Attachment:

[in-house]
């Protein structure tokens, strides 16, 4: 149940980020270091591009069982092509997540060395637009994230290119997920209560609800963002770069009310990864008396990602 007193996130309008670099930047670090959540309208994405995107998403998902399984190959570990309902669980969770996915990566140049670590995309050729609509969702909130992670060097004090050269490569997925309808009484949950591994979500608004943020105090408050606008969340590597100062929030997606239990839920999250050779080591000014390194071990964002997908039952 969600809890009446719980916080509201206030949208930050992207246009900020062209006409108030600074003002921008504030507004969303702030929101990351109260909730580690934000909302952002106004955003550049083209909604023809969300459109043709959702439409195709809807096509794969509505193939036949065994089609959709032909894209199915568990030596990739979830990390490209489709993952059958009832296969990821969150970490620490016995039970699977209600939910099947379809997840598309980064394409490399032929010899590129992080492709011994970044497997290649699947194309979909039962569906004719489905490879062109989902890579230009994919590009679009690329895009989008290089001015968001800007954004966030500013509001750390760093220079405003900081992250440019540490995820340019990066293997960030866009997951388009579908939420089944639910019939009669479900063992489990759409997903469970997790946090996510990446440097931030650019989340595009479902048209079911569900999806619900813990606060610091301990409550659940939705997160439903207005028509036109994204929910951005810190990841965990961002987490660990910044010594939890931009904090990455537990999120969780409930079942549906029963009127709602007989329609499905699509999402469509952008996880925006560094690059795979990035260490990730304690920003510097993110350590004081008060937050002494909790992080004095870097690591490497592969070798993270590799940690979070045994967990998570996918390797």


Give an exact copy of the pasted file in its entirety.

[in-house]
């Protein structure tokens, strides 16, 4: 149940980020270091591009069982092509997540060395637009994230290119997920209560609800963002770069009310990864008396990602 007193996130309008670099930047670090959540309208994405995107998403998902399984190959570990309902669980969770996915990566140049670590995309050729609509969702909130992670060097004090050269490569997925309808009484949950591994979500608004943020105090408050606008969340590597100062929030997606239990839920999250050779080591000014390194071990964002997908039952 969600809890009446719980916080509201206030949208930050992207246009900020062209006409108030600074003002921008504030507004969303702030929101990351109260909730580690934000909302952002106004955003550049083209909604023809969300459109043709959702439409195709809807096509794969509505193939036949065994089609959709032909894209199915568990030596990739979830990390490209489709993952059958009832296969990821969150970490620490016995039970699977209600939910099947379809997840598309980064394409490399032929010899590129992080492709011994970044497997290649699947194309979909039962569906004719489905490879062109989902890579230009994919590009679009690329895009989008290089001015968001800007954004966030500013509001750390760093220079405003900081992250440019540490995820340019990066293997960030866009997951388009579908939420089944639910019939009669479900063992489990759409997903469970997790946090996510990446440097931030650019989340595009479902048209079911569900999806619900813990606060610091301990409550659940939705997160439903207005028509036109994204929910951005810190990841965990961002987490660990910044010594939890931009904090990455537990999120969780409930079942549906029963009127709602007989329609499905699509999402469509952008996880925006560094690059795979990035260490990730304690920003510097993110350590004081008060937050002494909790992080004095870097690591490497592969070798993270590799940690979070045994967990998570996918390797």